Most of us have, and it's not fun to be the one who doesn't have the "favorite" status. But do you think it's possible that some bosses really have no idea they have favorites or treat some workers differently than others?
I read something today that made think it was possible.
A boss wrote into the newspaper for advice. She said her staff gave her a terrible rating on favoritism. She said she feels she's consistent on applying policies and enforcing rules. However, she admits she's has a closer connection with some employers who share common interests. She wants to know what to do to make it better.
What would you tell her?
Being "in" with the boss can make a world of difference in your work and home life. It can be the key to getting some flexibility and pulling off work life balance.
The expert advice for this boss was interesting. Marie McIntyre told her: "The first step is to objectively evaluate your interactions with employees, then make an effort to distribute your attention more equally. Managers should always be aware of the messages sent by their actions. While it's normal to enjoy the company of some people more than others, you must be careful not to make that preference obvious."
This whole issue of favoritism at work reminded me of a blog post by Penelope Trunk. It was about "fitting in." She writes: People do not lose jobs because they don't get the job done. People generally lose jobs because of poor cultural fit. If people think you fit on the team, they'll cut you slack even when you don't get the job done. In fact, the Harvard Business Review reports that people don't even care if you don't get the job done if they like you.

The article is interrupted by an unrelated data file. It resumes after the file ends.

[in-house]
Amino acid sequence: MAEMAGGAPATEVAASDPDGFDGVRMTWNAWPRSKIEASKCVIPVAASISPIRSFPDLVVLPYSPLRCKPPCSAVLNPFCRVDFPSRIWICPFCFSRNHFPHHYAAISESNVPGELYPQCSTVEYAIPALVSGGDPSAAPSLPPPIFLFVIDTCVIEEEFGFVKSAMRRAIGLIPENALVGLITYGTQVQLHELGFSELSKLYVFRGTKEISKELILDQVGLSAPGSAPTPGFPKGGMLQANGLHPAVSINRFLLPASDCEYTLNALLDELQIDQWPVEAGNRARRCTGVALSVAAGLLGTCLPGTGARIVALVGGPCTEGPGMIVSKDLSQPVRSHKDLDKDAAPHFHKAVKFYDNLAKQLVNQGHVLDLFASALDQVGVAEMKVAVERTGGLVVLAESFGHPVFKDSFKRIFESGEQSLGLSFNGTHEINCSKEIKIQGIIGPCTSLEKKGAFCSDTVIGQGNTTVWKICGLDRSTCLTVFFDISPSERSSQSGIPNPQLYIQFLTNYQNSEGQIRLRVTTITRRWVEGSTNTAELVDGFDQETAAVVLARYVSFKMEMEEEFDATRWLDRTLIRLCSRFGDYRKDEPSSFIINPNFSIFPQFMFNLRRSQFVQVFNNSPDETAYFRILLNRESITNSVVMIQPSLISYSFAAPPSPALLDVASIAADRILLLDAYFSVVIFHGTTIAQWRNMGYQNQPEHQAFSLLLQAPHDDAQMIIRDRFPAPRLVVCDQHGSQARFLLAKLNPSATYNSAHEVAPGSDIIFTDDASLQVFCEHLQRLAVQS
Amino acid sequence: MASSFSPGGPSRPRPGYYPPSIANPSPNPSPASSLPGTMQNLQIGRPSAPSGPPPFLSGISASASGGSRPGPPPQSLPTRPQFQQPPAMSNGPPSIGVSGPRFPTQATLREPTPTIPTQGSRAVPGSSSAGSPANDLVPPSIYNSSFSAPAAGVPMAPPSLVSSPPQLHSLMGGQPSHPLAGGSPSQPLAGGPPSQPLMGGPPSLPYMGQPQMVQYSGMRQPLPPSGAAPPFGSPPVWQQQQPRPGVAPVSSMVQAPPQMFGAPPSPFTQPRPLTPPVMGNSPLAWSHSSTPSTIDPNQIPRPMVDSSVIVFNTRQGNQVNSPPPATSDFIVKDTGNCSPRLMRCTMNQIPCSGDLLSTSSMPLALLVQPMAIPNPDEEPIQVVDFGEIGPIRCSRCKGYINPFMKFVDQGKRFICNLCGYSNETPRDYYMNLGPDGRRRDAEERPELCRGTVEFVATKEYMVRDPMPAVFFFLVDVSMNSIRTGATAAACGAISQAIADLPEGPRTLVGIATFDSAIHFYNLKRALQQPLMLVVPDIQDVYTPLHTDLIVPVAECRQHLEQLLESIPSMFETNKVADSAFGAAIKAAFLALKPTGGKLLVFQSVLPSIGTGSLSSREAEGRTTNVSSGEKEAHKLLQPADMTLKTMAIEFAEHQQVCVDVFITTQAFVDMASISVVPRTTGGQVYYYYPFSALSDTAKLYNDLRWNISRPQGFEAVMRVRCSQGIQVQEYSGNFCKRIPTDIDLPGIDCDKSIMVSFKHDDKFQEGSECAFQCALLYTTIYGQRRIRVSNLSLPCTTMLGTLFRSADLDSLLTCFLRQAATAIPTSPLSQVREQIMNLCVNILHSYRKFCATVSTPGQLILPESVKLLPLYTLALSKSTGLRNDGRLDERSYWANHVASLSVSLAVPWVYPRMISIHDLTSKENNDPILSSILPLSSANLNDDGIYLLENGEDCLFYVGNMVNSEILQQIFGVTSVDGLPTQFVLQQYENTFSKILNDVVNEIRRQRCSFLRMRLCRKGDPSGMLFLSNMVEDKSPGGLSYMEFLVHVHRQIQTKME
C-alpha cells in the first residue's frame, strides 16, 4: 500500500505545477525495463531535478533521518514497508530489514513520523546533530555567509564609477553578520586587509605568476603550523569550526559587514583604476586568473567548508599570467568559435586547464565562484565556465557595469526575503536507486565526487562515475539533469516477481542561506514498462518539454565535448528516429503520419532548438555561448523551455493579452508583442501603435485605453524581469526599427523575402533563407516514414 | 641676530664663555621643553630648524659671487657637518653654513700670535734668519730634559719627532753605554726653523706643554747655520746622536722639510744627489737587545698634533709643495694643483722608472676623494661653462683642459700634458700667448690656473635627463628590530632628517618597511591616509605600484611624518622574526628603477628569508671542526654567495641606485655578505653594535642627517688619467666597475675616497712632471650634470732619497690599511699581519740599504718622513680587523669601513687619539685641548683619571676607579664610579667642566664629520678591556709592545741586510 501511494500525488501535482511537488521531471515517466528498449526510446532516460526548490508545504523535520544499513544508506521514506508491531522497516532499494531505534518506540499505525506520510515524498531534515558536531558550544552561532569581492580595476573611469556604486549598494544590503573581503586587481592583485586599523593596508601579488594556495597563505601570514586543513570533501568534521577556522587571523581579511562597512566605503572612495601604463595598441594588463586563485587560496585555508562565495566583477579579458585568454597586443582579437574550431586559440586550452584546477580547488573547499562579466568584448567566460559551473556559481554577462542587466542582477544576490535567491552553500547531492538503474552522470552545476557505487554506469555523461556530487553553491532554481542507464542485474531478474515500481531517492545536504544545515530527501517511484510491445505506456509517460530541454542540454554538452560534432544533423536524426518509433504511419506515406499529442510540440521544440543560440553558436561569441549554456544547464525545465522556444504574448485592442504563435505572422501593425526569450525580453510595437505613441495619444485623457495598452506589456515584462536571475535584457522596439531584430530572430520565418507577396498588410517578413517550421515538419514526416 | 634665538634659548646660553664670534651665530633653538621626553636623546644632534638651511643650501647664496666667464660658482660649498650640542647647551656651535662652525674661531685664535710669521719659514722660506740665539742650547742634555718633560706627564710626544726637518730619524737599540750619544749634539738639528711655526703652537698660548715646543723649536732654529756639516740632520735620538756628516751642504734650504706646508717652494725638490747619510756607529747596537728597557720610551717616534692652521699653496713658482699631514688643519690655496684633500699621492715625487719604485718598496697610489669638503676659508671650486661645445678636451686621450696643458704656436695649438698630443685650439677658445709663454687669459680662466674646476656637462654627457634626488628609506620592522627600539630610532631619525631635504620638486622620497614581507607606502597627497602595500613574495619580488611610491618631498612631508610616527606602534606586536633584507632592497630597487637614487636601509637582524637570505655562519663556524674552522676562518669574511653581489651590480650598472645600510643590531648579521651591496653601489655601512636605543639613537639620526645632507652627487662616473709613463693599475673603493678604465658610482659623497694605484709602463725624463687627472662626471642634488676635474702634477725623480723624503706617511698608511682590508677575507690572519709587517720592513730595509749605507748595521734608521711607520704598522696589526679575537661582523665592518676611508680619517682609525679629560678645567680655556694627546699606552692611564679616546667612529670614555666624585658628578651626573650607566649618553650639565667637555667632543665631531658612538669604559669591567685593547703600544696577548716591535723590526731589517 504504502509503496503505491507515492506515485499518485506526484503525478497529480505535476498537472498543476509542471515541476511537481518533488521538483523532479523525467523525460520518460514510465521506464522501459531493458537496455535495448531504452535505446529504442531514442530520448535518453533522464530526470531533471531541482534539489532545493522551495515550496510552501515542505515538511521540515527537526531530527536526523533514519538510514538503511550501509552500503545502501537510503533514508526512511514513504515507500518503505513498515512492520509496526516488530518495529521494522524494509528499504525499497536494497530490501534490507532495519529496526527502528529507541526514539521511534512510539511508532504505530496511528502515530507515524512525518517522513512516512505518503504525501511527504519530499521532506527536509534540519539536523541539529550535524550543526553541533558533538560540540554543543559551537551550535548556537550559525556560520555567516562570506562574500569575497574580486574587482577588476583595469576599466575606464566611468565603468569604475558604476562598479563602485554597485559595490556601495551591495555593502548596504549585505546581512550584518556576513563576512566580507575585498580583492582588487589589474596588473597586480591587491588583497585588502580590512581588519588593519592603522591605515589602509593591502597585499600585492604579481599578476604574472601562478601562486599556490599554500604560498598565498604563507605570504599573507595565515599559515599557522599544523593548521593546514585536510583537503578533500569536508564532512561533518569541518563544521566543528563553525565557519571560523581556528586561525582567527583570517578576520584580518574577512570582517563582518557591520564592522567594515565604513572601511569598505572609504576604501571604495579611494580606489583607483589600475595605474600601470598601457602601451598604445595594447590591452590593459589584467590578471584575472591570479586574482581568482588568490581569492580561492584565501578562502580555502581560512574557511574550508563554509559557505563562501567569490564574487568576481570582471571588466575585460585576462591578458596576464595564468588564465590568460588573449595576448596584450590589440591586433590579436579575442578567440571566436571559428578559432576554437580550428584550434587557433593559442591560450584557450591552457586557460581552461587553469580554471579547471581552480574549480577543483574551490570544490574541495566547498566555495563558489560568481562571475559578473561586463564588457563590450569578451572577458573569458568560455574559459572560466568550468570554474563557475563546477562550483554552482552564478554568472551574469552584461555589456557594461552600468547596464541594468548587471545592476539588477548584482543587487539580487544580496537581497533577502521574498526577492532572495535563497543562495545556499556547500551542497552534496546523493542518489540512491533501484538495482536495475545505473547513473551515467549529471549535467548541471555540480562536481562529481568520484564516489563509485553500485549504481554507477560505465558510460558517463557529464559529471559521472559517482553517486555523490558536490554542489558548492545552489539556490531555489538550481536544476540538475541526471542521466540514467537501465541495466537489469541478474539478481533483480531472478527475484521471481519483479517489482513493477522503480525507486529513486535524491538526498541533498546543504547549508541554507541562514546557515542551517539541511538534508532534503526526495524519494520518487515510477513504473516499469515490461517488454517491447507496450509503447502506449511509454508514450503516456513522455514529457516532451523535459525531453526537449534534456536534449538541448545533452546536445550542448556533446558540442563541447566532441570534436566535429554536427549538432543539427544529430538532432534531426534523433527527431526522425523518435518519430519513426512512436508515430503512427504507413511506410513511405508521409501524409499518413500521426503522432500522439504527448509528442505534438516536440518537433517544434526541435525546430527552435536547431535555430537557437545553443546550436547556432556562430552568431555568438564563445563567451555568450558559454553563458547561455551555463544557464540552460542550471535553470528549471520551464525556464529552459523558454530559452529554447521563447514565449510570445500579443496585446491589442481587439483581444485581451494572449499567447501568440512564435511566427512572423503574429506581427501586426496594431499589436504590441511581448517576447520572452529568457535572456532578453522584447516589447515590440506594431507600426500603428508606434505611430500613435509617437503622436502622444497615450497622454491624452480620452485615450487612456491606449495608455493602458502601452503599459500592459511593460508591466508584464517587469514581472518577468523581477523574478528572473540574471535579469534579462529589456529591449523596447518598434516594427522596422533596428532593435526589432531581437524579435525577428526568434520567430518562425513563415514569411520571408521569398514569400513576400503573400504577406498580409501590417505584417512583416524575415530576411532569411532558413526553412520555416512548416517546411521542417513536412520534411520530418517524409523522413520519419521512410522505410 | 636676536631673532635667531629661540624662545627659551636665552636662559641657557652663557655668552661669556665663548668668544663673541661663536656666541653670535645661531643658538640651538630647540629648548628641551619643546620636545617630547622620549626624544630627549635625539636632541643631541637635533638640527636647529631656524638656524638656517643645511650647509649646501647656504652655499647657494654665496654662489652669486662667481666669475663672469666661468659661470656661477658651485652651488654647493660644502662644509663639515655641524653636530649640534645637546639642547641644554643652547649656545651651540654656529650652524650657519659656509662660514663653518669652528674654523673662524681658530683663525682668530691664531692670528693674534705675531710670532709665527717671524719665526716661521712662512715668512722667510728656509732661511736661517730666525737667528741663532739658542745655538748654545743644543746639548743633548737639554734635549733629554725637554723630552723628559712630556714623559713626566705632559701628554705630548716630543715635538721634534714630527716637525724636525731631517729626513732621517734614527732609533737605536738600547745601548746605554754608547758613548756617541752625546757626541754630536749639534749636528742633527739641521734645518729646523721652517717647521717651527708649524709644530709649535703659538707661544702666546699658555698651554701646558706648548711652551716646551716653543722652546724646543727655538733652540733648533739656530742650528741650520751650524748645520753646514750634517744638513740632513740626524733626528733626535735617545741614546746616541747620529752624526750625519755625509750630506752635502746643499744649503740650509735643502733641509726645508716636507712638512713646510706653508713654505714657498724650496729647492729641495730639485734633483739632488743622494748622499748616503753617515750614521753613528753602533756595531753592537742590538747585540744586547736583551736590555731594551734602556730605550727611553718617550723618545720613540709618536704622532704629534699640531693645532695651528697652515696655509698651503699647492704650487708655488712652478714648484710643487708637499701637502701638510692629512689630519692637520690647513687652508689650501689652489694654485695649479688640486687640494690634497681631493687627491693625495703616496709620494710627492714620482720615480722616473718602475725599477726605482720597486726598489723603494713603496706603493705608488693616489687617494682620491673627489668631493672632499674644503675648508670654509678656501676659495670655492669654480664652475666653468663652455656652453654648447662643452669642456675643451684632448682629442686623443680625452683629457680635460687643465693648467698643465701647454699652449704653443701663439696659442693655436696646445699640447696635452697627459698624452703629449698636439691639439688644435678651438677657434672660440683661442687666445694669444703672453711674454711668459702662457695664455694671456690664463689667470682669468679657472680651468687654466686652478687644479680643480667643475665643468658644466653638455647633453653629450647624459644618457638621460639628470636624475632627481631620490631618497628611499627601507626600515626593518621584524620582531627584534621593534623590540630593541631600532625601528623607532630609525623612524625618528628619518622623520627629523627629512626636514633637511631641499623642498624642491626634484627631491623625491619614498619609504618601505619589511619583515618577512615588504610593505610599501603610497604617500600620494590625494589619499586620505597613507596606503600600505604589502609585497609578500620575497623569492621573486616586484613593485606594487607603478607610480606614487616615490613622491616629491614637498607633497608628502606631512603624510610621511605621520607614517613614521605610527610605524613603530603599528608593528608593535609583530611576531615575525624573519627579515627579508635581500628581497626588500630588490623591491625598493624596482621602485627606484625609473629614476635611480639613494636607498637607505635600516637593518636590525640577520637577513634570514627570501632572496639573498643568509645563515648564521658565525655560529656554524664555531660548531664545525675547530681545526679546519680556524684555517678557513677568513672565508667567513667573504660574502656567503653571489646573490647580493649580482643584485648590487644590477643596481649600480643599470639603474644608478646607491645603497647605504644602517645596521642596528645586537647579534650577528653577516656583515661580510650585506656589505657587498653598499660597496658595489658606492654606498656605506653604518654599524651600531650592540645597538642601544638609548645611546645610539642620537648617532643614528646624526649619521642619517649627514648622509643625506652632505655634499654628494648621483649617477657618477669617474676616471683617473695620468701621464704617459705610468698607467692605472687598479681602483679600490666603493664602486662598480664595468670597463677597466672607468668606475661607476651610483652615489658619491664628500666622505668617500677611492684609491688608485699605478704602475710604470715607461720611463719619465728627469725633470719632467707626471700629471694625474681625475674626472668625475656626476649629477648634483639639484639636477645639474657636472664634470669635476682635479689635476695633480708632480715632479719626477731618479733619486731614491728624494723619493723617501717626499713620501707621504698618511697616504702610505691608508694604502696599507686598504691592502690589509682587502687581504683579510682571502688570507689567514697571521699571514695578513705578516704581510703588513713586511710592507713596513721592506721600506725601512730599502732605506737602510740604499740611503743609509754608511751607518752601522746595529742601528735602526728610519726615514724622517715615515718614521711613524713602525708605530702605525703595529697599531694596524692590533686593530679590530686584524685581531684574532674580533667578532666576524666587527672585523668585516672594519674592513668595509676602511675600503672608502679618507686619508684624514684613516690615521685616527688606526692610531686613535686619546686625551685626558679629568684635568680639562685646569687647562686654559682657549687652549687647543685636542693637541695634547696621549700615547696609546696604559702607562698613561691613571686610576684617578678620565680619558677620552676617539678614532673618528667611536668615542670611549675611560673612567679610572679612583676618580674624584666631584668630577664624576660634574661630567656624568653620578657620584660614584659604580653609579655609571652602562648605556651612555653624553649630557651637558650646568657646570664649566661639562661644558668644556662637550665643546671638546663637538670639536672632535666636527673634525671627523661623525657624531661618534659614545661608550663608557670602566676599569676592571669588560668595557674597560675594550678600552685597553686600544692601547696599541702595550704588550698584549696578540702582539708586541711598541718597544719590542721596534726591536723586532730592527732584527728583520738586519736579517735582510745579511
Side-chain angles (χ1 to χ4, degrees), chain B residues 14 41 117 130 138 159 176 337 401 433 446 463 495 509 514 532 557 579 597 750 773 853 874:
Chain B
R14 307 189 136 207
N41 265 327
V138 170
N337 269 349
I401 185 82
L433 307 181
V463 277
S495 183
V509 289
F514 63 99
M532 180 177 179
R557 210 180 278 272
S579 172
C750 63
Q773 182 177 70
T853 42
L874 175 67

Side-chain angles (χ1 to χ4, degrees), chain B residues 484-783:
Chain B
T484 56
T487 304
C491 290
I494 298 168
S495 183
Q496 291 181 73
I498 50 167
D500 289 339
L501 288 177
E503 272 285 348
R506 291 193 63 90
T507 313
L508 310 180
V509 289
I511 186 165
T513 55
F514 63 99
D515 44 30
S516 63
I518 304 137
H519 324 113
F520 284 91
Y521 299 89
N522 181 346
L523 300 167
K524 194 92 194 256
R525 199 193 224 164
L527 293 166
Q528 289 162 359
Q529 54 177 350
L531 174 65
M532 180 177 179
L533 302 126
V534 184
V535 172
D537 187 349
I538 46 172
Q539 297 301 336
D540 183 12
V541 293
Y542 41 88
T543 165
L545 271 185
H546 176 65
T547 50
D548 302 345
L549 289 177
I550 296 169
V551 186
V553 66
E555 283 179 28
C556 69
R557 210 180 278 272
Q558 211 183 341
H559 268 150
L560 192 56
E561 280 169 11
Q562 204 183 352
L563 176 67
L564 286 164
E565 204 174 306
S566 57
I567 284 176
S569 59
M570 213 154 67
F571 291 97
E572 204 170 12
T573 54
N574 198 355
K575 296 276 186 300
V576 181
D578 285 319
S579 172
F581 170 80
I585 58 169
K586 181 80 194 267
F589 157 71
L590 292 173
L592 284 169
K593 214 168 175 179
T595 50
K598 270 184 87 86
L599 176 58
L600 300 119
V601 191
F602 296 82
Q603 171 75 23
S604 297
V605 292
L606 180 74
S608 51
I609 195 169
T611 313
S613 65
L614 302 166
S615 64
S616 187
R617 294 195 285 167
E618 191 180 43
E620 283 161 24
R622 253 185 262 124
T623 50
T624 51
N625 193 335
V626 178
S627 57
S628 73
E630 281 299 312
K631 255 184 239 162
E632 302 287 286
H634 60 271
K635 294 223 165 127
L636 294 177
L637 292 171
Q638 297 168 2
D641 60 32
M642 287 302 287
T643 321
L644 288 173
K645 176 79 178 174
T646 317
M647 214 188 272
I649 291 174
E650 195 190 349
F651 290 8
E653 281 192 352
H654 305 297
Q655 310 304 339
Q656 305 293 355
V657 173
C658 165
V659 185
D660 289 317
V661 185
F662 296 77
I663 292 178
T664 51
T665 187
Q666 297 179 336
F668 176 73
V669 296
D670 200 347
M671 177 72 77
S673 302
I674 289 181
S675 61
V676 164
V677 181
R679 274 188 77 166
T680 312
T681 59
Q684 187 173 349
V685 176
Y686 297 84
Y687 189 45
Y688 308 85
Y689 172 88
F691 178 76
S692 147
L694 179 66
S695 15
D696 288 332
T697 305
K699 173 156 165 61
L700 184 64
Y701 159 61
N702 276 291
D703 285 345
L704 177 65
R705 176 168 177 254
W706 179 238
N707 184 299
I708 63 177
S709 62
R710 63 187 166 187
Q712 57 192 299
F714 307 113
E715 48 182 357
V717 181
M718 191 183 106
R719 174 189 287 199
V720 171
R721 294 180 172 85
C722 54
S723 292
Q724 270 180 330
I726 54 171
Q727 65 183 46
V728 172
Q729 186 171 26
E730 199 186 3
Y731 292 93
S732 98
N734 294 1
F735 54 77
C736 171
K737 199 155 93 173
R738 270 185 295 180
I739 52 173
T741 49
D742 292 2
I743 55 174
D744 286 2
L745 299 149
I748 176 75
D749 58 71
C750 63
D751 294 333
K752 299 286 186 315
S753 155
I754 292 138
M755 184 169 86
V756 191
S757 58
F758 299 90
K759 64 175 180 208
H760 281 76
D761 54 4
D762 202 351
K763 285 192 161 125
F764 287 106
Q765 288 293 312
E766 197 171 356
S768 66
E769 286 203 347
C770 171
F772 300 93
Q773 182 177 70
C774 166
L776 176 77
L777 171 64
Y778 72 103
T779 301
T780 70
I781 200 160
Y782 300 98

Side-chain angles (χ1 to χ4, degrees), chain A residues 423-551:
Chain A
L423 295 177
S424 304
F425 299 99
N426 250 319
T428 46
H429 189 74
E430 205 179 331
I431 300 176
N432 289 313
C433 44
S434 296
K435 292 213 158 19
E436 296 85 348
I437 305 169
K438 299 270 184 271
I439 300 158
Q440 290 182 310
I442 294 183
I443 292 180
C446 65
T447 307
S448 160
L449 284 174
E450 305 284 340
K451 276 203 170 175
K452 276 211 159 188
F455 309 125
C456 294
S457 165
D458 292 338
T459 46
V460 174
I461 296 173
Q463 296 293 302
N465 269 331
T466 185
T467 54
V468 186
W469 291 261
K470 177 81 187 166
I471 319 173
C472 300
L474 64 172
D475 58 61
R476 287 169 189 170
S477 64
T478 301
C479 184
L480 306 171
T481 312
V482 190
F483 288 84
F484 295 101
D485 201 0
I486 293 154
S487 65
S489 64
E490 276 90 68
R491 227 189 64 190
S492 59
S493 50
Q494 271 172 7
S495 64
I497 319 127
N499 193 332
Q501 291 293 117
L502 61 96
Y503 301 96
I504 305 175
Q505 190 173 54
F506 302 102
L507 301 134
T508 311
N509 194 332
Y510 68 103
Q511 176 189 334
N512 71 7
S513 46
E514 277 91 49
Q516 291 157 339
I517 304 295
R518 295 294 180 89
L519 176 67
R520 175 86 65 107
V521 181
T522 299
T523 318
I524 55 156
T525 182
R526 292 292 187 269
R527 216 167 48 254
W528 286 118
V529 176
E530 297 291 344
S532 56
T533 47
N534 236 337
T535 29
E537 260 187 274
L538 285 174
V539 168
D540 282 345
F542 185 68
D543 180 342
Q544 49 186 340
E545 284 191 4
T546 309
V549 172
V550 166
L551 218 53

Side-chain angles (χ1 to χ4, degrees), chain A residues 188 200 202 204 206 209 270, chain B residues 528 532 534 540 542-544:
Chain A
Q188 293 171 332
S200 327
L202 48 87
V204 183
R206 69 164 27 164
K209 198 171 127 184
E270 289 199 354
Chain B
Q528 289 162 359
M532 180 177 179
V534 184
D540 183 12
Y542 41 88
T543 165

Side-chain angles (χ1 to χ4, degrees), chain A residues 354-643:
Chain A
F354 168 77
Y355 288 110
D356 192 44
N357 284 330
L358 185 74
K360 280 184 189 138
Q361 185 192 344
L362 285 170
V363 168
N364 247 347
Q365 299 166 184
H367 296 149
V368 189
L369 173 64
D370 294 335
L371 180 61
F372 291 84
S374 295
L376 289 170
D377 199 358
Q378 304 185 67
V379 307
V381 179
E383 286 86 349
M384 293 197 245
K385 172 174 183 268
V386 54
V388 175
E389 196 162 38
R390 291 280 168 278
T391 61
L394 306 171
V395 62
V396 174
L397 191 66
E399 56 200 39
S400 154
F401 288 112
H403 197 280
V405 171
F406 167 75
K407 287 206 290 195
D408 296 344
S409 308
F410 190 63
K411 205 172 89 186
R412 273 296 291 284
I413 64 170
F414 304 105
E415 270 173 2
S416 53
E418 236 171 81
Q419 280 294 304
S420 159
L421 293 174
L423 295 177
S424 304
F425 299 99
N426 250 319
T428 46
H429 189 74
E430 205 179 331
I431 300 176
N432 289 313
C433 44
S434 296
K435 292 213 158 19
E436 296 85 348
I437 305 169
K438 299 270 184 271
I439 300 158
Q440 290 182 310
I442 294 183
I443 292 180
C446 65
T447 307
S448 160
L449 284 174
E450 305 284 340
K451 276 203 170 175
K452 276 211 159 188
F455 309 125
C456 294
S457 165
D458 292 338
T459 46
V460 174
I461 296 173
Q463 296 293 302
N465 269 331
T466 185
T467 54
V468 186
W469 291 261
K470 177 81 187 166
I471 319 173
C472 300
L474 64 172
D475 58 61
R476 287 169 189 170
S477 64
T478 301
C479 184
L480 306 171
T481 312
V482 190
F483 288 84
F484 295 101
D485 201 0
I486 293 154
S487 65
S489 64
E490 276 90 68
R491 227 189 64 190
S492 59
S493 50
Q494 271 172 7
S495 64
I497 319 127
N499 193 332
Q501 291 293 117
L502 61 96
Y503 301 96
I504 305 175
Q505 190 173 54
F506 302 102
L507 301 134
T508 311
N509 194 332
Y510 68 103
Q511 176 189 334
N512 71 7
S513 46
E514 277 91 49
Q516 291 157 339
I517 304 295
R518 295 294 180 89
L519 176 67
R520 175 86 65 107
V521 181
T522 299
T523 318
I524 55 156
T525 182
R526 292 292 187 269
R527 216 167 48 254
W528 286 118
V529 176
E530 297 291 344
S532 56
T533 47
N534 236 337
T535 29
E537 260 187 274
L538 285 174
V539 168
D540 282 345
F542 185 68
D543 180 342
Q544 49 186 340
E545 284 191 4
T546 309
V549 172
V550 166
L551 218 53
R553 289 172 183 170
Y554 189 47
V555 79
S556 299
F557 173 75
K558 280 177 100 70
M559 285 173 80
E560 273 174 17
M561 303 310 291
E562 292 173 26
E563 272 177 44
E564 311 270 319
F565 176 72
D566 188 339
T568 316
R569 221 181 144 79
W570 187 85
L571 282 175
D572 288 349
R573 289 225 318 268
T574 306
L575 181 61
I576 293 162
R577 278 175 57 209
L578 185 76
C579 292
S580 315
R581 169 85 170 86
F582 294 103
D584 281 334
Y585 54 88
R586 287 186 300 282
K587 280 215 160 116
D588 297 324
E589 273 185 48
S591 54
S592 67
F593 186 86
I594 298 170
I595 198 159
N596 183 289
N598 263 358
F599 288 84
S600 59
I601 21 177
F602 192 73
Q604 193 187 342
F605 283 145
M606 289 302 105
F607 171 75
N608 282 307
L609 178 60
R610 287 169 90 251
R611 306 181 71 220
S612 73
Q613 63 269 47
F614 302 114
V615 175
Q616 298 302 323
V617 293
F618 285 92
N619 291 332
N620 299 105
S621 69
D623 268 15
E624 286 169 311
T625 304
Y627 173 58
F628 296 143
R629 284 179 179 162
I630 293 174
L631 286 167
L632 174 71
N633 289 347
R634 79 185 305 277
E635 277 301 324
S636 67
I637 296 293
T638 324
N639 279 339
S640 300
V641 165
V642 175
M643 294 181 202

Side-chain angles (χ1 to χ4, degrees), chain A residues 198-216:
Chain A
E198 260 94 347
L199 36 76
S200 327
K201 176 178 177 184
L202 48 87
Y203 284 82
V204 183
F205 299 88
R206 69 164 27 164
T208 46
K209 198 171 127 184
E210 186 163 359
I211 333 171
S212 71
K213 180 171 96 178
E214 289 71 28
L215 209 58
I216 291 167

So, how do you get the boss to like you? And if she or he doesn't, how do you make her aware of her "appearance" of favoritism.
My suggestion: Find out your boss's interests, dig deep to find out what you might have in common, and then, make conversation around those interests. You don't want to fake a sudden love of football but you might start watching a few games to make conversation.
Even if the boss doesn't do it intentionally, being "a favorite" usually means you're on the receiving end of more information and better assignments. For a boss, that can be dangerous because some staff might resent it. But if you're the guy left out, I think you have do something. That could mean making the boss aware of your perception. This boss who wrote in for advice seems like she would be open to her employee's feedback.
Readers, have you ever worked for a boss that plays favorites? If so, did you do anything about it? If you are a boss, do you think its possible to change employee perception?